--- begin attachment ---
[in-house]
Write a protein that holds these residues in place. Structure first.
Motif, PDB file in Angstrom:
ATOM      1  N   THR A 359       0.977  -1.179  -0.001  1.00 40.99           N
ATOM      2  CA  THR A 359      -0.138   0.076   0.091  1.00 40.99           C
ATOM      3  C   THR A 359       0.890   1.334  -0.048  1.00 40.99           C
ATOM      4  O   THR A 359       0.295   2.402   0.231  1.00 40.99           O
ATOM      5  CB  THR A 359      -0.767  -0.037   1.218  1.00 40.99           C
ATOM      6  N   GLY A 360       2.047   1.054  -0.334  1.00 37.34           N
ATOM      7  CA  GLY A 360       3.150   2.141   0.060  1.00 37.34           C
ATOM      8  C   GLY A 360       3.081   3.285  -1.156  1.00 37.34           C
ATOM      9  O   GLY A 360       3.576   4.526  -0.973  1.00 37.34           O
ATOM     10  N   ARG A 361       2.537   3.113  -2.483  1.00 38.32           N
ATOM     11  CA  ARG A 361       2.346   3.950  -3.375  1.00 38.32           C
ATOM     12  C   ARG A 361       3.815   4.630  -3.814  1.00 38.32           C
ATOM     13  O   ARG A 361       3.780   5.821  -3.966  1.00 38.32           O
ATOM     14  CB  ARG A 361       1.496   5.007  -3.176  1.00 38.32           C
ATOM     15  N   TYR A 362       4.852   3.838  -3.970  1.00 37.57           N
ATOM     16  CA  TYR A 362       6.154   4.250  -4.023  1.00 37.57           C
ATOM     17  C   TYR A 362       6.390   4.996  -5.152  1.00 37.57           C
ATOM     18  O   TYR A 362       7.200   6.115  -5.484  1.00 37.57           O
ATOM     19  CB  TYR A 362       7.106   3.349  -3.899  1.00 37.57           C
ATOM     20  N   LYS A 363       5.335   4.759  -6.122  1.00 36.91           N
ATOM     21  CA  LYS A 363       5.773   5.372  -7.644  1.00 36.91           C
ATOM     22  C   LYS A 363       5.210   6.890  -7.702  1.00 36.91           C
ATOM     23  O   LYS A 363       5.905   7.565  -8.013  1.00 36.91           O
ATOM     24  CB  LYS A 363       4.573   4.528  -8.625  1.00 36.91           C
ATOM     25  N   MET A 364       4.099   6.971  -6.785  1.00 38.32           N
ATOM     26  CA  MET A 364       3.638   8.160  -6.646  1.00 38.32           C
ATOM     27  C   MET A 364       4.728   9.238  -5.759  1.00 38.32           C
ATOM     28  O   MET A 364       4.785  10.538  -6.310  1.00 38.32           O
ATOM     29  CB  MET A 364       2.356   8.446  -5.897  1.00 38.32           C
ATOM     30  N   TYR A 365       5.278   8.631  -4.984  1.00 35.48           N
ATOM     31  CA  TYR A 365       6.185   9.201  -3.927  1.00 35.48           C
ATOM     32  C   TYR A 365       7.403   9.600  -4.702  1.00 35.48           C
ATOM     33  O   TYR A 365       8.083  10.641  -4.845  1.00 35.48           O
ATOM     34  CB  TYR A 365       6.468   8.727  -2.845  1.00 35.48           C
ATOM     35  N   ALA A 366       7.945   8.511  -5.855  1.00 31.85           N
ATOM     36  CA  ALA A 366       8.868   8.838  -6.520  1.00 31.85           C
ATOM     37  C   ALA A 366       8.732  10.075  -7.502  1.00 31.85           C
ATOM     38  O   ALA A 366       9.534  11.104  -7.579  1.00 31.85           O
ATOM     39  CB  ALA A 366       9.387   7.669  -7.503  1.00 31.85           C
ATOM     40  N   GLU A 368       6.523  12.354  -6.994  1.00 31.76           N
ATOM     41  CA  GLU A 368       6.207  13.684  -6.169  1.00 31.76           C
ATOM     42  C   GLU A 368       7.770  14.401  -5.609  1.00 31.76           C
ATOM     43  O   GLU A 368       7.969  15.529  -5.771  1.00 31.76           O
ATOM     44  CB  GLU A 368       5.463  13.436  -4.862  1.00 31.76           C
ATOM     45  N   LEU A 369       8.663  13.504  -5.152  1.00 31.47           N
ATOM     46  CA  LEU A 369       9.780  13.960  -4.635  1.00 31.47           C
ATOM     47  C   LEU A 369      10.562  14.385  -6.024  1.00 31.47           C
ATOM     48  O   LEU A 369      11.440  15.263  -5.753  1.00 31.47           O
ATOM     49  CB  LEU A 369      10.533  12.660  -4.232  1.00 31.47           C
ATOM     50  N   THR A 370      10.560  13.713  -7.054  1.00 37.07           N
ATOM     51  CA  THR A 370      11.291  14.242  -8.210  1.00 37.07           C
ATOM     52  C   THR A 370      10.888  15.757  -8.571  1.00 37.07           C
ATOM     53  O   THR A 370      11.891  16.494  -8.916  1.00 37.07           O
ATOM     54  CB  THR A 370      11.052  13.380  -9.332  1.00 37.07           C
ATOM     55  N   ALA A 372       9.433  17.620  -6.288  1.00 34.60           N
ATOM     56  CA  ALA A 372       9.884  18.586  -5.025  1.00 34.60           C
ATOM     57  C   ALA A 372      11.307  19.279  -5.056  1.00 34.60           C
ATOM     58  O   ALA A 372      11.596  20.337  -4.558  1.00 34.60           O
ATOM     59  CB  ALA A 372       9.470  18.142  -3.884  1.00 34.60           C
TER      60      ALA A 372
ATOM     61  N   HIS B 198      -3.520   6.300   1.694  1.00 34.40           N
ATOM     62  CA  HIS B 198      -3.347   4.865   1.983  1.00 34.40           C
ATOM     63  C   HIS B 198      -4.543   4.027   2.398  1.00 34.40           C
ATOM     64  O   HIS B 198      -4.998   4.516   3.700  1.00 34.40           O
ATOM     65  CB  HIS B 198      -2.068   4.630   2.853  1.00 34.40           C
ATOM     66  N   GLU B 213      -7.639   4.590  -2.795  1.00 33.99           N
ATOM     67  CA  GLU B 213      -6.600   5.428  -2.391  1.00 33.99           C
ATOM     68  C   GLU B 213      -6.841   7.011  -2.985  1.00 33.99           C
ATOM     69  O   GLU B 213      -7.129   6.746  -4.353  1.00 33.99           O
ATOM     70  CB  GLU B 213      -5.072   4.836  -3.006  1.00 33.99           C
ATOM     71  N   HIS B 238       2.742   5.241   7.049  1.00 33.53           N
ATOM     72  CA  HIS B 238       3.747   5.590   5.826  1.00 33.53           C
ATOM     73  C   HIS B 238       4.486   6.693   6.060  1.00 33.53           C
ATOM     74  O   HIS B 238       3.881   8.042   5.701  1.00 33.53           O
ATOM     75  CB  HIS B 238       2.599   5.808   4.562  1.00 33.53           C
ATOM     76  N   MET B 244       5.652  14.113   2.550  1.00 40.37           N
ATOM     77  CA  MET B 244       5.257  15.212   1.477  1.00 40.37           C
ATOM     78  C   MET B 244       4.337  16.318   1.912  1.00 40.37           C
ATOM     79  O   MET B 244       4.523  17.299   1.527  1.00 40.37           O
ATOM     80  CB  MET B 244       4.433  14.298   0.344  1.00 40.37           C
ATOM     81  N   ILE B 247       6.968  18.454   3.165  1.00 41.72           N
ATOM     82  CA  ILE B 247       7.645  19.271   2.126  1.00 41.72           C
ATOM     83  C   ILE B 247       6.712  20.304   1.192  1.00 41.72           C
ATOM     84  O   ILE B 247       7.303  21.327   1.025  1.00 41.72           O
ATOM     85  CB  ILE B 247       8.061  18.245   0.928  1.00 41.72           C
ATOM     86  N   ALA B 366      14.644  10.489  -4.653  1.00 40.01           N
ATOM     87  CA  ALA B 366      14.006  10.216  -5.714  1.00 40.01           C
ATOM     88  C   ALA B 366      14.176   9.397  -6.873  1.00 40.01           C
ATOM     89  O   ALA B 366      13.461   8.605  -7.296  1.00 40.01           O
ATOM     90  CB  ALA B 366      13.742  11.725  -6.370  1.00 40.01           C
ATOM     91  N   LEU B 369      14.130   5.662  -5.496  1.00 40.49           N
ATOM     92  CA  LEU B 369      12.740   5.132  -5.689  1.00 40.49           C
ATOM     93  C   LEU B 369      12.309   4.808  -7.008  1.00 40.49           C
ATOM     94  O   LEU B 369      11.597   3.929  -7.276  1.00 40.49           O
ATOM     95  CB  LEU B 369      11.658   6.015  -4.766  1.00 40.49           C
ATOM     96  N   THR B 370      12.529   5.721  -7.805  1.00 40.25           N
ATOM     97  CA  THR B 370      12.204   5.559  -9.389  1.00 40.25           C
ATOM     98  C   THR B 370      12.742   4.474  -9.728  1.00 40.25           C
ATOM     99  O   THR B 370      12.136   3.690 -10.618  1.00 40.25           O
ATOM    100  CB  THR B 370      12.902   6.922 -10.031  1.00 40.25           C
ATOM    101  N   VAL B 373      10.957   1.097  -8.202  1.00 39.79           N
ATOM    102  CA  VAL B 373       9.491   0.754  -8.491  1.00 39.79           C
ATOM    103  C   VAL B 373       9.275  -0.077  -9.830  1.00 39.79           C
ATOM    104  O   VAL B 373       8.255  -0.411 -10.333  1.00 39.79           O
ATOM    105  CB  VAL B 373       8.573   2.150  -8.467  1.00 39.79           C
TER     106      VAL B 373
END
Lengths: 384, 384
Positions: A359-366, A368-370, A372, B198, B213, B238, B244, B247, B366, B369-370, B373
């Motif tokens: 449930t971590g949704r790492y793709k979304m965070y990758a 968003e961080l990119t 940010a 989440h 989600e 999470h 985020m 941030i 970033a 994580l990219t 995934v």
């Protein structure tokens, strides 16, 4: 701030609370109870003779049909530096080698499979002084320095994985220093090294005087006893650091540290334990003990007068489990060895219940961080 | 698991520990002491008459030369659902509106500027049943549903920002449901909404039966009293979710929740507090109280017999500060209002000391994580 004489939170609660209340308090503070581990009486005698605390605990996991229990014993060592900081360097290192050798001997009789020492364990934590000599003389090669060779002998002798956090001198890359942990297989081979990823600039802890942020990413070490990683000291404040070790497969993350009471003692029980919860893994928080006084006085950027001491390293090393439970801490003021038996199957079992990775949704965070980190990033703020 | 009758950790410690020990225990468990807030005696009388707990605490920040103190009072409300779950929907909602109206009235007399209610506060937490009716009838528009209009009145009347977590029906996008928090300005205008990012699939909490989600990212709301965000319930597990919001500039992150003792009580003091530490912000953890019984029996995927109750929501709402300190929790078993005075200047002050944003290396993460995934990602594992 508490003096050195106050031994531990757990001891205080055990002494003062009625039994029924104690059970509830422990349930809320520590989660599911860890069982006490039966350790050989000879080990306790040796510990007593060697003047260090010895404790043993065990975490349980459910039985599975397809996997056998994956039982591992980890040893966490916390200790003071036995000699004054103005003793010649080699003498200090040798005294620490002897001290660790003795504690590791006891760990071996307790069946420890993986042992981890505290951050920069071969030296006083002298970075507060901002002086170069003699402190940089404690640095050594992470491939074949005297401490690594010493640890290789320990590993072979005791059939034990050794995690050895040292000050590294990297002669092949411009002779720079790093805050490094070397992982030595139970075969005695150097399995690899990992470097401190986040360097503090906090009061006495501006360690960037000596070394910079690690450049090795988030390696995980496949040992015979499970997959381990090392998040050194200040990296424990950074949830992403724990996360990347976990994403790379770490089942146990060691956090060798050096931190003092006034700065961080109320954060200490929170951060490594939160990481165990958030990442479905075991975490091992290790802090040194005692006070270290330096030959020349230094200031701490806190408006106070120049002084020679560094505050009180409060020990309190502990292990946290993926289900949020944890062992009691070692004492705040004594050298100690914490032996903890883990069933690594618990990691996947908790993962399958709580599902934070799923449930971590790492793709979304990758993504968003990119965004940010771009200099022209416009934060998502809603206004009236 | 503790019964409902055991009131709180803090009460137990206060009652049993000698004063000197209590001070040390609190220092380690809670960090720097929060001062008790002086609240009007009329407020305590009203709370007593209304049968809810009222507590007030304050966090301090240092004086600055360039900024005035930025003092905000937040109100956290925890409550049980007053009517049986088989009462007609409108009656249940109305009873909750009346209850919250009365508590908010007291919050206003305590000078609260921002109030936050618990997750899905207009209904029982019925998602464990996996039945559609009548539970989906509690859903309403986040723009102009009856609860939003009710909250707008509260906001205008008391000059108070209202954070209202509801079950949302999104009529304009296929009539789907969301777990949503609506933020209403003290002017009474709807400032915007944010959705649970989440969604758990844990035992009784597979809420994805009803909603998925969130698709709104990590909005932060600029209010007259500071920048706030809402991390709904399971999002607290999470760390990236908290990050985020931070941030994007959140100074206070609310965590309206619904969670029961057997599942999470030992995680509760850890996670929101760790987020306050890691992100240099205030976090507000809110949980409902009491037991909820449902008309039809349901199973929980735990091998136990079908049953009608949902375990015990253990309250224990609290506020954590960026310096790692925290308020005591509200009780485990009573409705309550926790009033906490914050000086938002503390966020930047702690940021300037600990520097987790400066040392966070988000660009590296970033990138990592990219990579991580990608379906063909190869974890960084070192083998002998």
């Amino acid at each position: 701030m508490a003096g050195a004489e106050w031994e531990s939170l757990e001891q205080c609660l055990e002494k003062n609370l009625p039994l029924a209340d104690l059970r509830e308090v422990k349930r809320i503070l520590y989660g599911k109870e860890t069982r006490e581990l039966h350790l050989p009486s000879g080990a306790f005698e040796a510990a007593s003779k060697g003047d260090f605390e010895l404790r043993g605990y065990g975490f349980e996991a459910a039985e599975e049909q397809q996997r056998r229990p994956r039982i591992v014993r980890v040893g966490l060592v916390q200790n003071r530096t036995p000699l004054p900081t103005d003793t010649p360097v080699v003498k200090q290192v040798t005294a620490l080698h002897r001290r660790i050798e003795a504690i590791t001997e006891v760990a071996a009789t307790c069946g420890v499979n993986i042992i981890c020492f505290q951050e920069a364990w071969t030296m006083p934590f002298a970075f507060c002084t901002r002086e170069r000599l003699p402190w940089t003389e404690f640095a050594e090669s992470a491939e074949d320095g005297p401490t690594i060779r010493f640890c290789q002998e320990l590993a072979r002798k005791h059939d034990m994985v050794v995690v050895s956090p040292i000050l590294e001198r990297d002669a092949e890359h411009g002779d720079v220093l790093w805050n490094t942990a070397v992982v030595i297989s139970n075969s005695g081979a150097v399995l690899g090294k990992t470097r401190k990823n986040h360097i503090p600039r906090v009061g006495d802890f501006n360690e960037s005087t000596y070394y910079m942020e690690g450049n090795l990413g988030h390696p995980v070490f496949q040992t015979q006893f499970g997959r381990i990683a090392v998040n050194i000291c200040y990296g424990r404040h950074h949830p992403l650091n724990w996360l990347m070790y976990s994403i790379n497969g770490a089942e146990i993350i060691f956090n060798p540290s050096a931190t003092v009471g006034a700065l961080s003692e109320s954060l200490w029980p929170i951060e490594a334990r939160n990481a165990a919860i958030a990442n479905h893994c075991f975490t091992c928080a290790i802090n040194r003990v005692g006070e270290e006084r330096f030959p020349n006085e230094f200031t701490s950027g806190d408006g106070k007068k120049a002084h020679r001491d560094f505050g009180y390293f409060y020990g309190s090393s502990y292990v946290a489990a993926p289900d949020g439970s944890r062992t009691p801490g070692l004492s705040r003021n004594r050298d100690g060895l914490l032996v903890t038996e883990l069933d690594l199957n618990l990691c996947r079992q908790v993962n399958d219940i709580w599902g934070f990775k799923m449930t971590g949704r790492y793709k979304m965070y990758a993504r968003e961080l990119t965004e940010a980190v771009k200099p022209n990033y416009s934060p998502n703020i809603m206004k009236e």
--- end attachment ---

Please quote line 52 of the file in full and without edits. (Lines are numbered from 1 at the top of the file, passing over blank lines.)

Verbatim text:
ATOM     49  CB  LEU A 369      10.533  12.660  -4.232  1.00 31.47           C